Green Office SLEUTHs

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Green Office SLEUTHs


Green Office SLEUTHs* is a joint project of SIU's Sustainability Office and the Advanced Coal and Energy Research Center. A signup process for offices will be opening soon.

For students, Green Office SLEUTHs is a semester-long externship for undergraduate or graduate students in any major. Students can earn $500 and a certificate at the completion of the assignment. SLEUTHs will work with campus offices on "energy treasure hunts," and help implement programs to increase energy efficiency, recycling and conservation. 

An "energy treasure hunt" at one or more offices on campus will be conducted as part of the program. Read on below for more about energy treasure hunts that have been conducted in corporate and university settings. The Green Office SLEUTHs treasure hunts will be customized for our campus environment.

For more information contact Amy McMorrow Hunter,, (618) 453-7327.

*Student-Led Energy-Use Treasure Hunts. Yes, we are acronym animals.

Introduction to "Energy Treasure Hunts"

Efforts that include 1) facilitating awareness, 2) identifying opportunities for savings, 3) implementing action plans, and 4) keeping track of progress have been proven to change behavior in corporate environments.  Toyota started one such effort, and has more recently been championed by the US EPA. The Energy Treasure Hunt Guide: Simple Steps to Finding Energy Savings, January 2014, is the EPA's in-depth guide to accomplishing the four steps outlined above over a matter of days or weeks. Some of the corporate results to date include:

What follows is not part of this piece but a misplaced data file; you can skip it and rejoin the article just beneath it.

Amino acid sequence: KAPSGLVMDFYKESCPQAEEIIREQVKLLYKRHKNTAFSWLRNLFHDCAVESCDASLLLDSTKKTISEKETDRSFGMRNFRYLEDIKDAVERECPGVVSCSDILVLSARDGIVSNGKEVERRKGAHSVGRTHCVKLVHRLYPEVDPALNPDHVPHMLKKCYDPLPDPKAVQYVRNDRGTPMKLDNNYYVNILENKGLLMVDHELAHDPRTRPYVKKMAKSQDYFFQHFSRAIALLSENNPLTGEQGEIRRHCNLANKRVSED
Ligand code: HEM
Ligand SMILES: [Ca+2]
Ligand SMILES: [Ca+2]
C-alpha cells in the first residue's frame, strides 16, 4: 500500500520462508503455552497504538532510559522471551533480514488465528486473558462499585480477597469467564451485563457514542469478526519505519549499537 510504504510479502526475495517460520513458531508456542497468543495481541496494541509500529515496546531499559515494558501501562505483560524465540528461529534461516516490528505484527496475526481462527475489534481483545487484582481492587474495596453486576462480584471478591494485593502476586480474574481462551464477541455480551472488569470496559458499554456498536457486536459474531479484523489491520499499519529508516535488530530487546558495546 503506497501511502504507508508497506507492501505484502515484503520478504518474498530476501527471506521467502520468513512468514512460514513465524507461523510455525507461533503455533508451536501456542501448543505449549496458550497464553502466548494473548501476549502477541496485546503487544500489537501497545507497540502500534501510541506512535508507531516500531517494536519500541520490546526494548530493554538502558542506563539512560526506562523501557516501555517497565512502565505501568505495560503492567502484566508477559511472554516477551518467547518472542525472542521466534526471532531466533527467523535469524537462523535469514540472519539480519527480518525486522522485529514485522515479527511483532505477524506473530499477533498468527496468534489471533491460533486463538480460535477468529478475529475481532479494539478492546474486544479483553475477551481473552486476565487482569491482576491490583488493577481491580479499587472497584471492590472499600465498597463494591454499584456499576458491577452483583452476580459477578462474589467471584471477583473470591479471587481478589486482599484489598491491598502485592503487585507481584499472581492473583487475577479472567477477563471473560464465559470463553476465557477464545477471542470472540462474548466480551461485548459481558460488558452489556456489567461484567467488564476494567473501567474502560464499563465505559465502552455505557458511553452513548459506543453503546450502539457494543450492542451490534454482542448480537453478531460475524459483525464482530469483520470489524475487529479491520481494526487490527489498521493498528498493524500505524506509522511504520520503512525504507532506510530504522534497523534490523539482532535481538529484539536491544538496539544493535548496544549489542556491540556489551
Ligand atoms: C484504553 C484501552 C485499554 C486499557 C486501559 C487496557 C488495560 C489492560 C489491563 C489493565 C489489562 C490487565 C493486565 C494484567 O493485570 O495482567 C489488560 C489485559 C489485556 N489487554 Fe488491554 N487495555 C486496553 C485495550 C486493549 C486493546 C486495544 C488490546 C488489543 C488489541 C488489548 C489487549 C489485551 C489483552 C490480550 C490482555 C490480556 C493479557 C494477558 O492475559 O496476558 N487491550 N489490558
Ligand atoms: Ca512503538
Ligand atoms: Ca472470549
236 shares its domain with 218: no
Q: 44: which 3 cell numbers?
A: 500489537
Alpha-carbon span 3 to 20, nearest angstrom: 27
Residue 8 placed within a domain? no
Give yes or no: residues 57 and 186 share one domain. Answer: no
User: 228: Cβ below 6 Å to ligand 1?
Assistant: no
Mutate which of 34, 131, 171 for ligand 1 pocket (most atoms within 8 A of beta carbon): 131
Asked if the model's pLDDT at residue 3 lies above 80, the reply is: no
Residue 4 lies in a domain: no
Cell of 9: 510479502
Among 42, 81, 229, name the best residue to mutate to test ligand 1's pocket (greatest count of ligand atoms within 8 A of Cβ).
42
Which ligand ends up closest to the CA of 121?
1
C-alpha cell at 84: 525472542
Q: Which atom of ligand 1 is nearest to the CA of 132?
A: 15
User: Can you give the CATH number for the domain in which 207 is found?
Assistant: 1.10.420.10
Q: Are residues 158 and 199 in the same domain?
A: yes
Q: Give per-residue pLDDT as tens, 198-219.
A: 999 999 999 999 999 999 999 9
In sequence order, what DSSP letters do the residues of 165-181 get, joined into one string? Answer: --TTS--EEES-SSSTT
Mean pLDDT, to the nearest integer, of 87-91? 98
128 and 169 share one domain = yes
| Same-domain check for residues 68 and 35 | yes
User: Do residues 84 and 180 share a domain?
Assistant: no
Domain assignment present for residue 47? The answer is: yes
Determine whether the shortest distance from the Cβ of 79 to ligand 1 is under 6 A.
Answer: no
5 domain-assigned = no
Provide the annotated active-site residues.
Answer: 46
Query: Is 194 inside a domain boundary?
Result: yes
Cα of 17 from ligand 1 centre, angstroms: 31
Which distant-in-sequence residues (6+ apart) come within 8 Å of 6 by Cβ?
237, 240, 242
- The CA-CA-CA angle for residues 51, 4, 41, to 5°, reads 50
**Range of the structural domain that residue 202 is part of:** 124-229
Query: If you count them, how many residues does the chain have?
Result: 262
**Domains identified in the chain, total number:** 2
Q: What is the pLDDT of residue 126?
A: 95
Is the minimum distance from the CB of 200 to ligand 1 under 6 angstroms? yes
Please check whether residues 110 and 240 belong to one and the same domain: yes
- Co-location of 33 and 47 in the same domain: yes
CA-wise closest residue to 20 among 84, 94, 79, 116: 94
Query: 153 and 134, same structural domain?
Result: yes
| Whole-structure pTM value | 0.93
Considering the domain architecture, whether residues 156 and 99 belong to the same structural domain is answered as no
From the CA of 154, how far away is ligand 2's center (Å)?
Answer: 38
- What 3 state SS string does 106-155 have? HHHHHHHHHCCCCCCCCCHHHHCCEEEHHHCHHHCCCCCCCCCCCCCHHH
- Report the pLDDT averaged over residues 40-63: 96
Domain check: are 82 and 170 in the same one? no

• "Since 2000, Energy Treasure Hunts have identified the majority of energy-reduction opportunities available to Toyota, and the company’s Environmental Action Plans incorporate these opportunities to achieve plant and corporate energy and greenhouse gas reduction goals." 
  • Energy treasure hunts at "Hanes brands to reduce energy costs by more than $4 million dollars in one year." 
  • "In less than two years, the Merck Energy Treasure Hunts had identified more than $12 million from just five plants, equivalent to 20 percent of the company’s greenhouse gas reduction goal, while building employee awareness and enthusiasm for finding energy waste." 
  • At one facility of Intertape Polymer Group: "The Energy Treasure Hunt proved to be an effective method for finding low-cost or no-cost energy saving opportunities. The Treasure Hunt participants identified over $218,000 in savings opportunities with a reduction of 1,200 metric tons of greenhouse gases. In addition, the participants identified several other longer-term opportunities for energy savings." 

Educational institutions have also made strides in this area. In the 1980's, UCLA students brought student-led campus energy audits to the mainstream with the aim of reducing environmental impact. Since then, numerous universities have implemented various practices for energy auditing, often with student involvement. Even high school and middle school students have been brought in as teams to investigate energy-saving opportunities. As stated by program managers at the State University of New York at Buffalo: 

Students who are motivated to evaluate the practices and policies of these various buildings and institutions learn more in one or two semesters about sustainability than in any other class. In that time they see for themselves in concrete terms what have mostly been abstract concepts about global warming, pollution, energy efficiency, etc. and the connections to politics, economics and the bottom line. At the same time, they learn how to take a project from start to finish, how to organize their work, how to work together in teams and how to work with people other than students and faculty. 

Clearly, many benefits have been demonstrated by these programs.